Noelle Chun

Stories by Noelle Chun

  • China’s New-Look Orphanages

    China's orphanages used to be seen as dumping grounds for unwanted children. No longer. An on-scene report from a volunteer caregiver.
  • Watch Out, Hillary! If You Think I’m All About the Politics of Hope, Wait ’Til You Meet My Half-Sister!

    About a decade younger than Obama, she has those familiar wide-set eyes, the generous grin, the measured speaking cadence. They share a mother, Ann Dunham. They share, too, the absence of a father. Her father, an Indonesian business executive, and her mother divorced not long after Soetoro-Ng was born. Obama also grew up without knowing his father, Barack Obama Sr., who returned to his native Kenya. Even by the multicultural standards of Hawaii, the half-siblings grew up knowing their home was scarcely the social norm, with strands connecting Kansas, Kenya and Jakarta. Soetoro-Ng says that Barack helped her sift through those complexities. “He really took over a great many of the responsibilities of raising me,” she says—crediting her brother with introducing her to the works of Toni Morrison and James Baldwin (in his book “Dreams of My Father” Barack recalls scolding Soetoro-Ng for watching TV and neglecting the stack of books he’d given her)—and taking her through the streets of ...
  • How to Have a Healthy BBQ

    A weekly look at the nutritional value, or lack thereof, of some of our favorite foods.
  • Up Close & Edible: Tuna

    A weekly look at the nutritional value, or lack thereof, of some of our favorite foods.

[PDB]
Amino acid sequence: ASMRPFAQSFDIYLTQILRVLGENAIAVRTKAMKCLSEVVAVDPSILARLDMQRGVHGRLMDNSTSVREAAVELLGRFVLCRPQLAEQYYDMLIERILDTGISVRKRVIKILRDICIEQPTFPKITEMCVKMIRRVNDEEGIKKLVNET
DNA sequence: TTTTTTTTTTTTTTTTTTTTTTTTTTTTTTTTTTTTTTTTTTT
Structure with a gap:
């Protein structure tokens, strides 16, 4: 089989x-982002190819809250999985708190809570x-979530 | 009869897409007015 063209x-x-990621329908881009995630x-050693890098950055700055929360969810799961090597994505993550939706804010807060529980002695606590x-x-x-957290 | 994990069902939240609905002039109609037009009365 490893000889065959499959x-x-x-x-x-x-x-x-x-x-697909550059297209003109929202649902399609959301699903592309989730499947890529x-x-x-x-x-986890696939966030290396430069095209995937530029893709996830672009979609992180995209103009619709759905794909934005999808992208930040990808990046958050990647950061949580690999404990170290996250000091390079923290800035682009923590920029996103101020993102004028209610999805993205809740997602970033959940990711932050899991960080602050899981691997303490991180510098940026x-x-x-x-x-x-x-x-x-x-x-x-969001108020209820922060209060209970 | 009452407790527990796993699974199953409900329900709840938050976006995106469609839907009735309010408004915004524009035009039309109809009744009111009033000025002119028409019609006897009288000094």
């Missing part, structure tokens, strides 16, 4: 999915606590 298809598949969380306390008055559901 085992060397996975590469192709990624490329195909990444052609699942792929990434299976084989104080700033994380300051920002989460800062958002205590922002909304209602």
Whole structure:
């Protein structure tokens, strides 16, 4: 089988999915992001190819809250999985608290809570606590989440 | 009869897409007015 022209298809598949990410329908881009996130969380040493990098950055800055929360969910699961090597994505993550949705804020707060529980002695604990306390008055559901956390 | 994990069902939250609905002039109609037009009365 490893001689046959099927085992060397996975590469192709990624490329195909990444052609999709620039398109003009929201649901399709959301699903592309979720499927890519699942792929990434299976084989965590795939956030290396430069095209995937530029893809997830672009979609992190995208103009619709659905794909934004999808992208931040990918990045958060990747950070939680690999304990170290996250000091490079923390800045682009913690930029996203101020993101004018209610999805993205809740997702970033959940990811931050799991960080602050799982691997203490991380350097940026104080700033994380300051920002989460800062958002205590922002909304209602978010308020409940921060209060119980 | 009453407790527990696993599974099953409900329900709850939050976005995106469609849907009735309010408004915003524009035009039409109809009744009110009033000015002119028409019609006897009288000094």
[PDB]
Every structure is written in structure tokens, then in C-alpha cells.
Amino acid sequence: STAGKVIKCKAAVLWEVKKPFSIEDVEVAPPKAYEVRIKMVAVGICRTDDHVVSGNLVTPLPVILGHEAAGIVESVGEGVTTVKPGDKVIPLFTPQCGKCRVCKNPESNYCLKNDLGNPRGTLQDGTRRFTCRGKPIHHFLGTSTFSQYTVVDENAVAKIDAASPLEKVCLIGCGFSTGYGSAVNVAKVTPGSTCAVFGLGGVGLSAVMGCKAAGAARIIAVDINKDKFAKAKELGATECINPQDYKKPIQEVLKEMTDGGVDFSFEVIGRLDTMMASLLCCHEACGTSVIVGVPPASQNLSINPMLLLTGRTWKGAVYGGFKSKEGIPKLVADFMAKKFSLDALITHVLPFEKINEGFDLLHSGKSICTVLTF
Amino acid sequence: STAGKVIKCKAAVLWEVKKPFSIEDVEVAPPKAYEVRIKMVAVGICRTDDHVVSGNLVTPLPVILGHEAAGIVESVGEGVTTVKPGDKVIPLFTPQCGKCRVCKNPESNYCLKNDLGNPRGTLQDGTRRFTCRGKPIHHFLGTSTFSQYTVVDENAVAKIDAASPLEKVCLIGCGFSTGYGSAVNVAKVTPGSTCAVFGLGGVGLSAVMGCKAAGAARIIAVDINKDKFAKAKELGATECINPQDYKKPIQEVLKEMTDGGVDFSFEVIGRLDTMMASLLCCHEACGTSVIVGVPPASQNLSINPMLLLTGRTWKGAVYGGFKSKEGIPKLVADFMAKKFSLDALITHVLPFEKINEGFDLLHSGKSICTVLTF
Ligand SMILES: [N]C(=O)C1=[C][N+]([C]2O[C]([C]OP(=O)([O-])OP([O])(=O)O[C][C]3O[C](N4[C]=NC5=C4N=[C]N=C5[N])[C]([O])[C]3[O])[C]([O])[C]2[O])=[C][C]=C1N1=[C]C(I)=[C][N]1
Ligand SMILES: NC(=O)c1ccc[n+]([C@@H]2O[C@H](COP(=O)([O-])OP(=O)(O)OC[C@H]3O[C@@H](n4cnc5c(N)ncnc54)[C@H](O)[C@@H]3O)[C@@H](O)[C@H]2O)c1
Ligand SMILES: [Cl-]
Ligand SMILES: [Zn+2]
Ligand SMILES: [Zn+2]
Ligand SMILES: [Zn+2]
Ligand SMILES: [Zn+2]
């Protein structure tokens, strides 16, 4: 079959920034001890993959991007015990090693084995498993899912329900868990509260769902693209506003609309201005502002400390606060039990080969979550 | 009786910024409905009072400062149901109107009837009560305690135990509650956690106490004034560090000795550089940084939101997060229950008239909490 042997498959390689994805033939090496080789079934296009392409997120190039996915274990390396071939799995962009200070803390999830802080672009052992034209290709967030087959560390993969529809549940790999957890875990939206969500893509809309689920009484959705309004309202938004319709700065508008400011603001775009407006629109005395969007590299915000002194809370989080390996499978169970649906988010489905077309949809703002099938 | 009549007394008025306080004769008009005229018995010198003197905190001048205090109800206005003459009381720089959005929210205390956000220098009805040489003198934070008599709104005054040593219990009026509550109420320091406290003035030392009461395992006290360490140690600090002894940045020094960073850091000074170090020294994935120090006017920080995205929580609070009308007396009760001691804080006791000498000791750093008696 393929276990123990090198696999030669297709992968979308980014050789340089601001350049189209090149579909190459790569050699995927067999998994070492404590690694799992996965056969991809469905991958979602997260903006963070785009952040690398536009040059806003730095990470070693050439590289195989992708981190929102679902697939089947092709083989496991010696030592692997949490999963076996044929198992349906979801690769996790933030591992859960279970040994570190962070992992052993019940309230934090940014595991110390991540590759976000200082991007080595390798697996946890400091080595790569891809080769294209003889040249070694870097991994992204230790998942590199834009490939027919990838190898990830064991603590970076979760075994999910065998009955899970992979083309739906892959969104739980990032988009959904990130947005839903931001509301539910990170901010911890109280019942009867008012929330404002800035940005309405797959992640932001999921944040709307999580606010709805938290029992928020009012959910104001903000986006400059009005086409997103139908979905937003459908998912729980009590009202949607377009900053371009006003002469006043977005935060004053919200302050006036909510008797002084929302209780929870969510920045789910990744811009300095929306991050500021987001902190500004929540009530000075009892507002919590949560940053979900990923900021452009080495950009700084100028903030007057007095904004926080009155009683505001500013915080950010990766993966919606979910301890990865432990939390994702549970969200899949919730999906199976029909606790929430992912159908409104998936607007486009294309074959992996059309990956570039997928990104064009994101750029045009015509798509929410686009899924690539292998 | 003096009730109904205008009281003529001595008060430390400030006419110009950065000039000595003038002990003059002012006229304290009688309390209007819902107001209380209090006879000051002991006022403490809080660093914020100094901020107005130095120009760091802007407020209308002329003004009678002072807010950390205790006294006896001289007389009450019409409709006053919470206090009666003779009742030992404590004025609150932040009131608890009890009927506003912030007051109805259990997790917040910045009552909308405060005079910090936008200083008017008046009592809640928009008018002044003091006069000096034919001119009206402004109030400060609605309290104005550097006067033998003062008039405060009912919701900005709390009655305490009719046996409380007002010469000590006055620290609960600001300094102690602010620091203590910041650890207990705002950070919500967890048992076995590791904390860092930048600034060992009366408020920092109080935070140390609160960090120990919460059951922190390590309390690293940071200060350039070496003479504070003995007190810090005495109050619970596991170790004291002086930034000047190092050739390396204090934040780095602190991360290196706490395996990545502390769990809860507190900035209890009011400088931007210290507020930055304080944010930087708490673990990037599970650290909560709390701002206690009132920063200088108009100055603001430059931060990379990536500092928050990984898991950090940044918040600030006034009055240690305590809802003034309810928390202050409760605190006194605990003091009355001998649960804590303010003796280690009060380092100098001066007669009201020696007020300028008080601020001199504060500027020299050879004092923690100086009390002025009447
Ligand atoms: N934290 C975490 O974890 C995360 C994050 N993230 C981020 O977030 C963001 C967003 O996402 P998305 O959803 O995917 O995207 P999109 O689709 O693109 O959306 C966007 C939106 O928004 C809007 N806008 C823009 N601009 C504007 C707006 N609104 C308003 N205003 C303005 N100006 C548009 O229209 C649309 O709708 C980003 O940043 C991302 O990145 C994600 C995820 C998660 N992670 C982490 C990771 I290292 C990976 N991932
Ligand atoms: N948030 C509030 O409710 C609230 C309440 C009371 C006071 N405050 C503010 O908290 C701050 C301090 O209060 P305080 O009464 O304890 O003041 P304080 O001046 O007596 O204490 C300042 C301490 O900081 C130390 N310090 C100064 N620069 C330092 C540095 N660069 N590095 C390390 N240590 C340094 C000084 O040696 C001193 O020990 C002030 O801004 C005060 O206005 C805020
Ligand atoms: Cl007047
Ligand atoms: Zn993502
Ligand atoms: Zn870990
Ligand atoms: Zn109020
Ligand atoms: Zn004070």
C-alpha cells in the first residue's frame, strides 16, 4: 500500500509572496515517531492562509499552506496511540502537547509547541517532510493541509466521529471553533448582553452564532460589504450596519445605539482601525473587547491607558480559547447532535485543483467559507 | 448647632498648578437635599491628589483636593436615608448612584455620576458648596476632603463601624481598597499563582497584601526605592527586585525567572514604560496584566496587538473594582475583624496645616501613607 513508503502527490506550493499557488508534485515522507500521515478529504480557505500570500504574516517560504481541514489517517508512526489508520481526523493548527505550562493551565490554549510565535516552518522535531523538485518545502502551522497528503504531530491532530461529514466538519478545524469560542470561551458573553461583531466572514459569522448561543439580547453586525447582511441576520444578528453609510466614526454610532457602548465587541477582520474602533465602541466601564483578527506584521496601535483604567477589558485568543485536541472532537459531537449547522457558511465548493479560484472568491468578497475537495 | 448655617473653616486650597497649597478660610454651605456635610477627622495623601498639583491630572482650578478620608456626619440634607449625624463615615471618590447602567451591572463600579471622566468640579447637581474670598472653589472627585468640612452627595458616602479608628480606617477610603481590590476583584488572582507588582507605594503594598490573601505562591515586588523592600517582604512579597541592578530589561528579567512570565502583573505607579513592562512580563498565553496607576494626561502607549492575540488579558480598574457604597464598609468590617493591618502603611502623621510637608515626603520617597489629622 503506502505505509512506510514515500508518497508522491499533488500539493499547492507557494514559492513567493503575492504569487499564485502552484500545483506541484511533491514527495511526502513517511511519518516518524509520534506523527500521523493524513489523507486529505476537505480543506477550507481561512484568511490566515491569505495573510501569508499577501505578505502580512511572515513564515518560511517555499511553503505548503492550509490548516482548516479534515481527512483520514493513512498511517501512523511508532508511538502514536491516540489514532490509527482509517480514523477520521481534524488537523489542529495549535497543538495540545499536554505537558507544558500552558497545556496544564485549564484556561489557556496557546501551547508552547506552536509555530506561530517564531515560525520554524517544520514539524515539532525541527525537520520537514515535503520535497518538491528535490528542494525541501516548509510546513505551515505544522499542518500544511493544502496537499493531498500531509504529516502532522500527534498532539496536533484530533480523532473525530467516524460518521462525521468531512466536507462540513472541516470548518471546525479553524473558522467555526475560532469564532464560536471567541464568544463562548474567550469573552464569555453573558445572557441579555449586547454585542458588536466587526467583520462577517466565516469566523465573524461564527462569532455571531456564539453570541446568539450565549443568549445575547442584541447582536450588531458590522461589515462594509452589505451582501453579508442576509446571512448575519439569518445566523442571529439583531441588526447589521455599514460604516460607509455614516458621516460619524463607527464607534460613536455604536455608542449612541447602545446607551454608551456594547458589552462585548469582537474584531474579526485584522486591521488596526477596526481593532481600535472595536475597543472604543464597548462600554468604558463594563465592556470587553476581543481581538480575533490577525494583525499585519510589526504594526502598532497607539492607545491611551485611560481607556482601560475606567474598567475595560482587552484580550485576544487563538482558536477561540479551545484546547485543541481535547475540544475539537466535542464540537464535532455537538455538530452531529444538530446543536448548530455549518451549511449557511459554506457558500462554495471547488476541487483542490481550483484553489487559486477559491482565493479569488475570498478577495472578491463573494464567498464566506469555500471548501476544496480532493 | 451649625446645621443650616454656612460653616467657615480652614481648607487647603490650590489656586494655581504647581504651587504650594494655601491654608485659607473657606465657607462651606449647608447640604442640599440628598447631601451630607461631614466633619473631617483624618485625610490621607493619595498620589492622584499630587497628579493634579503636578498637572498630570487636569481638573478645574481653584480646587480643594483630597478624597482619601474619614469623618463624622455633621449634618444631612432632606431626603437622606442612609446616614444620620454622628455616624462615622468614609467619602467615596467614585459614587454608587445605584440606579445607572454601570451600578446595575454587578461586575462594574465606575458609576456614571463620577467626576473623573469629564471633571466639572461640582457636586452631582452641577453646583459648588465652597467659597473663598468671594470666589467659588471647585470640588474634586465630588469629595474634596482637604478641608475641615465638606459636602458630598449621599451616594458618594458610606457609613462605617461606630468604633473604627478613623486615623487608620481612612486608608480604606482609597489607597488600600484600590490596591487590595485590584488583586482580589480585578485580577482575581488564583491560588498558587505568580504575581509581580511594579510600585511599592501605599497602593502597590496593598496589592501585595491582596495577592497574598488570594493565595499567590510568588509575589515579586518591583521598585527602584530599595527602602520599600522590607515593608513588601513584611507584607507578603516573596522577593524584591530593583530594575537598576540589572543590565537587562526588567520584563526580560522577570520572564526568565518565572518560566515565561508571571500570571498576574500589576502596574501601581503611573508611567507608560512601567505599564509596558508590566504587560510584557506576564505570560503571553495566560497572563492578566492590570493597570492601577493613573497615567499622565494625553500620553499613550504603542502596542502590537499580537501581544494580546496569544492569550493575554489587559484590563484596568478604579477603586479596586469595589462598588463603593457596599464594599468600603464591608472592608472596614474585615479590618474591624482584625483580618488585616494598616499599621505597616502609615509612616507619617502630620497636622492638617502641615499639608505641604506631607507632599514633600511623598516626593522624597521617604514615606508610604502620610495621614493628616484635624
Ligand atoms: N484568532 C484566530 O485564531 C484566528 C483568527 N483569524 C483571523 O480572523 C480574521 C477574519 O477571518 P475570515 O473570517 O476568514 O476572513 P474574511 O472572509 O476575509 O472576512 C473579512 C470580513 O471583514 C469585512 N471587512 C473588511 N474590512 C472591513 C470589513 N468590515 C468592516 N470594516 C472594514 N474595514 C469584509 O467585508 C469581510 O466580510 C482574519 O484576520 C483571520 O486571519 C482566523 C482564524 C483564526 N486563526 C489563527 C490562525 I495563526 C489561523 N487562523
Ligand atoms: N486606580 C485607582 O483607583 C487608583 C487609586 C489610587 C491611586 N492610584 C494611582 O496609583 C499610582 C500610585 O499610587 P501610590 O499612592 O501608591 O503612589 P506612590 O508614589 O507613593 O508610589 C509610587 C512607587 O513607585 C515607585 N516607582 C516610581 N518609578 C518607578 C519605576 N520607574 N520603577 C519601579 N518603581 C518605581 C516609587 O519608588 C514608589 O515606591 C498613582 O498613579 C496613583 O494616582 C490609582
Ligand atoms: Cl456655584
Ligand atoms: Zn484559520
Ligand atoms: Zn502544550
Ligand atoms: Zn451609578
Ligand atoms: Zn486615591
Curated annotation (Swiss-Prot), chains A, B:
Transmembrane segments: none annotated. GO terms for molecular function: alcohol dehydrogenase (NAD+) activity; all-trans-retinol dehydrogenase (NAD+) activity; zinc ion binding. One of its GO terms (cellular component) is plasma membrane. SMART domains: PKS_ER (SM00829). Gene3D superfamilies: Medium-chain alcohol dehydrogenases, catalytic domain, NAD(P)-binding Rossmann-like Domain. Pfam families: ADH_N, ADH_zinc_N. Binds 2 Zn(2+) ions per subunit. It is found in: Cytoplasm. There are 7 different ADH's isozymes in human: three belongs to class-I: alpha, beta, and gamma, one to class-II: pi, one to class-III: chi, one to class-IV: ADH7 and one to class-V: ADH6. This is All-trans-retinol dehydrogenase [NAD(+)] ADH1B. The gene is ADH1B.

• Up Close & Edible: Ginger

    A weekly look at the nutritional value, or lack thereof, of some of our favorite foods.
  • Up Close & Edible: Apple Cider Vinegar

    Word on the yoga mats is that a few daily tablespoons of apple cider vinegar could be the miracle potion for melting away fat, buoying the immune system, restoring arthritic joints and even curing gout—among a host of other ailments. Much of the hype comes from old folk tales and suave marketers. Dieticians and scientists have a different story: vinegar's most magical, confirmed benefit may just be as a tasty, low-cal condiment.Myths about apple cider vinegar date back to the 17th century. In 1820, poet Lord Byron—who reputedly suffered from anorexia nervosa and bulimia—made popular the vinegar and water diet, a regimen the American Dietetic Association (ADA) today includes on its list of fad diets. In the late 1950s, D.C. Jarvis's popular book "Folk Medicine" praised apple cider vinegar as the solution for a range of ailments—from chronic fatigue, to arthritis, to fat pulverizing. And Patricia Bragg of Bragg Live Foods Inc., a California-based company that is one of the leading...